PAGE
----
Some in France preferred to avoid speaking of anti-Semitic acts, in recent years, as if denying a reality could help in fighting this persistent evil.

I want to tell you, solemnly, that the Government of Jean-Pierre Raffarin to which I have the honor to belong, has resolutely chosen the opposite course over the past two years.

We lost no time in passing the Lellouche Act in 2002, which prescribes appreciably tougher penalties for racist and anti-Semitic acts. As a result, henceforward absolutely no anti-Semitic act will go unpunished.

At the initiative of Jean-Pierre Raffarin and Nicolas Sarkozy, this law was implemented without delay, showing that the days of laxity are well and truly over. Let me give you one very telling example:

  • five months ago, a 15 year old youngster was beaten at an ice rink because he was Jewish. His assailants have been condamned, and they are still in prison.

Backing up this exemplary severity in dealing with those committing anti-Semitic acts is an innovative, top-level Government initiative in the form of an inter-agency committee against racism and anti-Semitism. This body, unique in Europe, holds monthly meetings under the authority of the Prime Minister, attended by everyone involved in the issue, namely the Ministers of Internal Security with Dominique De Villepin, Justice, Education, Social Affairs, the Prefects concerned, experts, and so forth. We are thus able to identify the problems, follow up each case diligently, and respond swiftly and effectively to anti-Semitic acts.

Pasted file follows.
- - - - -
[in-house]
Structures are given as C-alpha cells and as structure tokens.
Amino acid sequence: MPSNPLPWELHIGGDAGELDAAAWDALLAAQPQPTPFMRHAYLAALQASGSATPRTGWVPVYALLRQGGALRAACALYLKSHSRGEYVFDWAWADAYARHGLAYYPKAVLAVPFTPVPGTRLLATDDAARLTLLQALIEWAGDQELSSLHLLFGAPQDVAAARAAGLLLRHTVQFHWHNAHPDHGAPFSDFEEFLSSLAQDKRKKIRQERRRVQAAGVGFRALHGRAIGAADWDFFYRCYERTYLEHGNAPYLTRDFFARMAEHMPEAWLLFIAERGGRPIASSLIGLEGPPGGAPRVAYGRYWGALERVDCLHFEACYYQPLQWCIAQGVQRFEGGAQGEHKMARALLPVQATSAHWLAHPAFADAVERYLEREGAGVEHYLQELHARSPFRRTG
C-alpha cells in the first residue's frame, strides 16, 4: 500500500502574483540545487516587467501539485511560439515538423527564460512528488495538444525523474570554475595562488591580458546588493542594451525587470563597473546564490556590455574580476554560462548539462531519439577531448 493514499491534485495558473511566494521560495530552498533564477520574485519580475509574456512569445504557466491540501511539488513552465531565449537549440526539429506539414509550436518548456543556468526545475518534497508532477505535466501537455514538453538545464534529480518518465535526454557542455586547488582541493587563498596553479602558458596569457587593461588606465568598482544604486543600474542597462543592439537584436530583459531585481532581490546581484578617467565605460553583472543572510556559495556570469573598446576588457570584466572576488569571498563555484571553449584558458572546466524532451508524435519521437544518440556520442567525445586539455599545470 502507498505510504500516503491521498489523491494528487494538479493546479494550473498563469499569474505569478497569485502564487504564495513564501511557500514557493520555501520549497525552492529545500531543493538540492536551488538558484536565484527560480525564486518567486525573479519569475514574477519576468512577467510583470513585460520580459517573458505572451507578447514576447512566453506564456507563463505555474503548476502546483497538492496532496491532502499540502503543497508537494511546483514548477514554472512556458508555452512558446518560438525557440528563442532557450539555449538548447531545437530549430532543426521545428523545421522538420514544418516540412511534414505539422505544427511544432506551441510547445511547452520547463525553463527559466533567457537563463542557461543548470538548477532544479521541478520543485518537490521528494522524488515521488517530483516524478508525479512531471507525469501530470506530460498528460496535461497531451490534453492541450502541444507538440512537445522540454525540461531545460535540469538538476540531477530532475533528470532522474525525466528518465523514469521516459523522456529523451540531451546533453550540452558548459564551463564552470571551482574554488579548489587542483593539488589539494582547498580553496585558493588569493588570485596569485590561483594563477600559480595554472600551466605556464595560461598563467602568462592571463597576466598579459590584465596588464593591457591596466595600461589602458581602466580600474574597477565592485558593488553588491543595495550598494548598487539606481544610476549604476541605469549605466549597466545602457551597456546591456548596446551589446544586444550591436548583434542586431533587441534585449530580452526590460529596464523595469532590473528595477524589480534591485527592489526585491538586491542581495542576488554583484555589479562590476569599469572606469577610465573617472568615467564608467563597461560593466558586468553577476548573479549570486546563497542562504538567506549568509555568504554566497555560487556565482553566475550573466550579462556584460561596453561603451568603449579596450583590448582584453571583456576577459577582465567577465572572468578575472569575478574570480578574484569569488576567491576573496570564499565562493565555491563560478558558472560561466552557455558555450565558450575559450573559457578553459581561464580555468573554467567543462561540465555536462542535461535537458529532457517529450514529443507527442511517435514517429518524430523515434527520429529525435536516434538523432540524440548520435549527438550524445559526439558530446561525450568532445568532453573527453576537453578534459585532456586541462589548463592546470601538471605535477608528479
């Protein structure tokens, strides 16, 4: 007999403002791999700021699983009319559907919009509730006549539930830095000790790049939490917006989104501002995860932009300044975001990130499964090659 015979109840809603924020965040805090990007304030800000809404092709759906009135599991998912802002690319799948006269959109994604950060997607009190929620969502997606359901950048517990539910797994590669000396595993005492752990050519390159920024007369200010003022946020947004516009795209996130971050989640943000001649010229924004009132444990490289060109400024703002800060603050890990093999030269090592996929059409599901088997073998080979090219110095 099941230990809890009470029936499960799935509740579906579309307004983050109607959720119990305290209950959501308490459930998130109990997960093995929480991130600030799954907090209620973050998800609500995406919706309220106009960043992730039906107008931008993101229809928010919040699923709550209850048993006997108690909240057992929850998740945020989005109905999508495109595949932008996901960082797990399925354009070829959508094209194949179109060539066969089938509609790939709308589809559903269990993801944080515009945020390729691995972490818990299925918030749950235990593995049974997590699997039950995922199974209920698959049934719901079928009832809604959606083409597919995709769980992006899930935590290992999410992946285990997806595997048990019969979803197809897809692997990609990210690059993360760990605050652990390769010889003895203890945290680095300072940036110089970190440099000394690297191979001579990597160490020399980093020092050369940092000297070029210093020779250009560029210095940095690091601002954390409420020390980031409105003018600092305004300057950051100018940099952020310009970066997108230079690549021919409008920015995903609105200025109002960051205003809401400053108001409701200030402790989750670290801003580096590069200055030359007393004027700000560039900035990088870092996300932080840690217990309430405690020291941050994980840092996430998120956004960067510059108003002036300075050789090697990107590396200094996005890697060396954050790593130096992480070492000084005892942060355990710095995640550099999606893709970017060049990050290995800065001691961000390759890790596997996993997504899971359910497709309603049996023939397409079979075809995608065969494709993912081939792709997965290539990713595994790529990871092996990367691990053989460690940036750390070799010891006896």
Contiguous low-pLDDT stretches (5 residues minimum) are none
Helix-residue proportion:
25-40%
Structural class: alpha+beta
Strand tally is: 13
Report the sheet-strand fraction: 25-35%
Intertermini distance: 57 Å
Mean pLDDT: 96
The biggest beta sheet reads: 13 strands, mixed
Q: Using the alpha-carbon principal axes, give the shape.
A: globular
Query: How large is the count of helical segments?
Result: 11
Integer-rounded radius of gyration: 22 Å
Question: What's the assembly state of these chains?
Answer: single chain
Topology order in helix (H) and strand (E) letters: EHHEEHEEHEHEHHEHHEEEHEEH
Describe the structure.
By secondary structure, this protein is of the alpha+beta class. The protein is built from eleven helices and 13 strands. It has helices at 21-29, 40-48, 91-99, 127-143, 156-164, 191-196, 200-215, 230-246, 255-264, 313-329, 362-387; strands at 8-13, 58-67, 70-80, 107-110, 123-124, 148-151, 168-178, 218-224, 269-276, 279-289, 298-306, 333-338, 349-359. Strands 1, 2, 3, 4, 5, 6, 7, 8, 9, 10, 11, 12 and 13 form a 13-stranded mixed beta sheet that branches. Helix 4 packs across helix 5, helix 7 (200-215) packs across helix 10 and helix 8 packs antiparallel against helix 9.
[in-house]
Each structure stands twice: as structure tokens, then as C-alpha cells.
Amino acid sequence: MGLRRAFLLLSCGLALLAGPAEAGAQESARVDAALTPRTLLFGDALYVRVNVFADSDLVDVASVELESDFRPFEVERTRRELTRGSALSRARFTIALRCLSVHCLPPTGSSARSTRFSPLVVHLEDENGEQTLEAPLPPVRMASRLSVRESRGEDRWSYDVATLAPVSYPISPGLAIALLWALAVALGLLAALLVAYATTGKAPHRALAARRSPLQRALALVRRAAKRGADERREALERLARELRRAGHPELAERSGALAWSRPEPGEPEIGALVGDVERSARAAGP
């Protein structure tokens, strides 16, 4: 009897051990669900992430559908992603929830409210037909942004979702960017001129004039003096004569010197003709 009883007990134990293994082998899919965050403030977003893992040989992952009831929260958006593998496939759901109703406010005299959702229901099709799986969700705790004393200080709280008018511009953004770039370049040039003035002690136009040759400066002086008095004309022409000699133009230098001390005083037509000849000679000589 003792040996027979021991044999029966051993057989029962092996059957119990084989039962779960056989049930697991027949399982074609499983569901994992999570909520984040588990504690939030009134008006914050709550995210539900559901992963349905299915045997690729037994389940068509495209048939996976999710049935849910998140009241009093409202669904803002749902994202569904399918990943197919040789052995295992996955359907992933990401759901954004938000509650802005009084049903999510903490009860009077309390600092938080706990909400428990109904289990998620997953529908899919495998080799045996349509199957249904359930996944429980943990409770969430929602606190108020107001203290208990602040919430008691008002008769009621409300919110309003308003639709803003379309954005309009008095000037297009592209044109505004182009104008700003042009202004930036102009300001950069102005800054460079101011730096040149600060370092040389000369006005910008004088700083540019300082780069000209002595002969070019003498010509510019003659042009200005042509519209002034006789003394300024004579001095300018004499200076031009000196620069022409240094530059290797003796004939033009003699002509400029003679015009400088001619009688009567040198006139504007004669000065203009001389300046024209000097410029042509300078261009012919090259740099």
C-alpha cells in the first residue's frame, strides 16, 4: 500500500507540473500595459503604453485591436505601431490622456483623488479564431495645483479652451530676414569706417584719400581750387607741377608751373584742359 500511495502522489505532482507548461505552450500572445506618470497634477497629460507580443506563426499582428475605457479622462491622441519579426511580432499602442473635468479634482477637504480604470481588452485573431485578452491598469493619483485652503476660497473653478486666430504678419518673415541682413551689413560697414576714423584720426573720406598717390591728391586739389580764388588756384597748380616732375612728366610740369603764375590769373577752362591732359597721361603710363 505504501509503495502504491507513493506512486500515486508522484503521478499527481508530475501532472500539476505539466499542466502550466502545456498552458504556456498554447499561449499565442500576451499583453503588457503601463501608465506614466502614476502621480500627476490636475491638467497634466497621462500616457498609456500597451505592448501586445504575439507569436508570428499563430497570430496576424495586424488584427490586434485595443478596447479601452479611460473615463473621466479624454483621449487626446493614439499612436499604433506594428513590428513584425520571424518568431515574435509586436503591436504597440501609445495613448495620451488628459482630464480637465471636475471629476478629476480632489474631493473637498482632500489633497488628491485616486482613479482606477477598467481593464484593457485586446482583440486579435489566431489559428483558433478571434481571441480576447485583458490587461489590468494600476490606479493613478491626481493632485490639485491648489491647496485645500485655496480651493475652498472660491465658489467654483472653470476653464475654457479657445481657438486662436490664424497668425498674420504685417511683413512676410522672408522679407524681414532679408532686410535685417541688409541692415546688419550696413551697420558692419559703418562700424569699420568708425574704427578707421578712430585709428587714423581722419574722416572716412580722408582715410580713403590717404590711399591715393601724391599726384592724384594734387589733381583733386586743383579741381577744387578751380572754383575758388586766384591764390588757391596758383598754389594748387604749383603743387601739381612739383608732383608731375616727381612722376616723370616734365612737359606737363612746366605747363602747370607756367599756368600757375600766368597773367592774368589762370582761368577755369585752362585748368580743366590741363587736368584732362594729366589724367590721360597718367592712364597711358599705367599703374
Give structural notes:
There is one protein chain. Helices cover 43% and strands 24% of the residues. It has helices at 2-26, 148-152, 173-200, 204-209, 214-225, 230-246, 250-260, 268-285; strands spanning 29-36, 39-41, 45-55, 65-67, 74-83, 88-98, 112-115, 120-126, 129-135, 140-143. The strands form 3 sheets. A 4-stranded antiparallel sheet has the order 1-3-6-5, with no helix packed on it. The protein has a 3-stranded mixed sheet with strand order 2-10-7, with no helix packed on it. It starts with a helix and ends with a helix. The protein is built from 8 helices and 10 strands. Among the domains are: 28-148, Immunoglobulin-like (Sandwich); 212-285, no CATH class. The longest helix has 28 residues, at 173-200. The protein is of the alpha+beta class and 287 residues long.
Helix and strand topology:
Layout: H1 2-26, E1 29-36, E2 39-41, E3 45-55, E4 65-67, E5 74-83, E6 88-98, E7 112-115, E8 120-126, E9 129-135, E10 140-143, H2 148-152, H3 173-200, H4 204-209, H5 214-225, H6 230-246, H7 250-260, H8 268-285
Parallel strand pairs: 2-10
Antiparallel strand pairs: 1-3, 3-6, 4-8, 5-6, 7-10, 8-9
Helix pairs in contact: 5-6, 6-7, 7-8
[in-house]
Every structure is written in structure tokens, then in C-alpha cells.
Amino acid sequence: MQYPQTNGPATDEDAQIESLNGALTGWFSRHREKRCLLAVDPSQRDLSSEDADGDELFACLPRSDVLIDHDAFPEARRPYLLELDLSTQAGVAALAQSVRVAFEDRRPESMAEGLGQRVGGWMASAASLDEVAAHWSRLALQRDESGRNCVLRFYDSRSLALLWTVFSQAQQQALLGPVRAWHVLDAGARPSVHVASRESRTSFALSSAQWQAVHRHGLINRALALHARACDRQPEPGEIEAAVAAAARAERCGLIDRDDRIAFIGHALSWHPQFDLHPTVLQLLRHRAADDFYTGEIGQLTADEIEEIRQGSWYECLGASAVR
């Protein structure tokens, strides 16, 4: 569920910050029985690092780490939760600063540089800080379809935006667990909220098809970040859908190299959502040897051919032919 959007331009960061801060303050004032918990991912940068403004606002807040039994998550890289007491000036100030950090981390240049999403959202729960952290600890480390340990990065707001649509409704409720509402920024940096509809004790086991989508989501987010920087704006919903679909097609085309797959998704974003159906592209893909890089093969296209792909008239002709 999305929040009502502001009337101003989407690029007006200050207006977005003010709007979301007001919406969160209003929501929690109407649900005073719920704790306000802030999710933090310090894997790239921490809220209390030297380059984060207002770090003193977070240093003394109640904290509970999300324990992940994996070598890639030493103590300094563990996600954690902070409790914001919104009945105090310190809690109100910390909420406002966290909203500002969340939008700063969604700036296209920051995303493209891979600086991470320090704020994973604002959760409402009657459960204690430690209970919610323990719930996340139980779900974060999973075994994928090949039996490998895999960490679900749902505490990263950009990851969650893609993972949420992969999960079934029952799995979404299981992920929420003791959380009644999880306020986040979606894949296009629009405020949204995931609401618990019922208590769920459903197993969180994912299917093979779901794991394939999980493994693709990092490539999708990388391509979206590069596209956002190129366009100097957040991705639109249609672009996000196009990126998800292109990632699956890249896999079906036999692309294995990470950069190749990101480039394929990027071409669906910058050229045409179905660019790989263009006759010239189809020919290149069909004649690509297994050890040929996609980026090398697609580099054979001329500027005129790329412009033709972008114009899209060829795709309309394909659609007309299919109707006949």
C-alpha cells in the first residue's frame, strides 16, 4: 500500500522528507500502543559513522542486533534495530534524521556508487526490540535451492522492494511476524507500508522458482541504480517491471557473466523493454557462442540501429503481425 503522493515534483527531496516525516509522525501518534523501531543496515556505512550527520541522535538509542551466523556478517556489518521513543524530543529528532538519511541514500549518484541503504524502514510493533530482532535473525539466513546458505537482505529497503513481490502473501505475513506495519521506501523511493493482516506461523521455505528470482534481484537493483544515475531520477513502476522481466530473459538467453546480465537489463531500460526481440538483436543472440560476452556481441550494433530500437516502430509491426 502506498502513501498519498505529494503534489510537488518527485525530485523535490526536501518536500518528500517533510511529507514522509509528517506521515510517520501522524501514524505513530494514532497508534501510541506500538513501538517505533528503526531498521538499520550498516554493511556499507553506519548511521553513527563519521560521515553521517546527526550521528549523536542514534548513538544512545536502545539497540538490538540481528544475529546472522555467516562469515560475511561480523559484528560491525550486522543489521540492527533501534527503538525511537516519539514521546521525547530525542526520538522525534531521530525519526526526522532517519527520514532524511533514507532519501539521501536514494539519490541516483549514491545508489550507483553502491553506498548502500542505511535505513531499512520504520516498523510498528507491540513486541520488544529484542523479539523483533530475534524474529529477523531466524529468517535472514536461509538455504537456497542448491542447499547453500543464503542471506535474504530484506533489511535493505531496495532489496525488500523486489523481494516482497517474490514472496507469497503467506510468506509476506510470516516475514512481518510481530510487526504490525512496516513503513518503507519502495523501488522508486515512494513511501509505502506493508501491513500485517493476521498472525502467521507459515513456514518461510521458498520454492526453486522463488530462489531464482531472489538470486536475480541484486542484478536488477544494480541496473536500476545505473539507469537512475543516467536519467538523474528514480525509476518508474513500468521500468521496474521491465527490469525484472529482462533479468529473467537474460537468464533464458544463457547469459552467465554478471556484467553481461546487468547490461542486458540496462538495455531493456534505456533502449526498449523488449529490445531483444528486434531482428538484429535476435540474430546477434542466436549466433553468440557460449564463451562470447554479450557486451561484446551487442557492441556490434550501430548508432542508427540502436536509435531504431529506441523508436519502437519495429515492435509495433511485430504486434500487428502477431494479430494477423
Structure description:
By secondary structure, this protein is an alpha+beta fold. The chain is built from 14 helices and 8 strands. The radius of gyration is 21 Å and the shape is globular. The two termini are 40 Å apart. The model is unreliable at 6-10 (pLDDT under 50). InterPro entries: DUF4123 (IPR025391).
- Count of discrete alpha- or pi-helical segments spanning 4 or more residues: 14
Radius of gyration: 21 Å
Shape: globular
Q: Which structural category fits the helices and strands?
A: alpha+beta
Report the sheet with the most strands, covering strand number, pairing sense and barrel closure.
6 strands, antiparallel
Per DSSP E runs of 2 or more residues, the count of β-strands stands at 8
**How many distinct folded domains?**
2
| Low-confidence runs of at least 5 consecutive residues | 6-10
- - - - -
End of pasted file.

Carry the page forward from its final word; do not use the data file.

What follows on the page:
This committee has overseen the establishment of a fund to secure the most sensitive sites, such as Jewish schools, synagogues and cultural centers.

Lastly, we wanted to put France in the forefront of preventive measures and educating our youth, to bring home to them the gravity of anti-Semitic speech and acts. Media regulators covering all types of media, including the Internet, have stepped up their vigilance. The Ministry of Education has strengthen the school program on the Shoah and organizes school trips to places of memory such as Auschwitz. Furthermore we have decided to add teaching of tolerance and history of religious at school.

The message is clear: never again. This is a top priority for us. We will never give in.

It is for this reason, also, that France felt the need for clear legislation on the issue of secularism, what we call in France: laicite, a principle that guarantees freedom of religious practice for all. Laicite has been based since the end of the 18th century on a strict separation between religions (or many often cultural or ethnic identities) and the body politic. And France has a strong tradition on that matter.

I would like to discuss this theme in greater detail, because it has been the cause of much perplexity and misunderstanding. Some people have claimed the ban on the Islamic headscarf inside public schools as well as the wearing of conspicuous religious symbols is an attack on freedom. Nothing could be further from the truth.

For it is impossible to understand properly the background to the adoption of this law without a clear view of the state of France today. Successive waves of immigration, the most recent being from North Africa, have considerably changed relations between the French and their Republic. During that time, meanwhile, no genuine policy for successful integration was ever put in place along the lines, for example, of the one that gave forged and underpinned the unity of the American people for more than 200 years.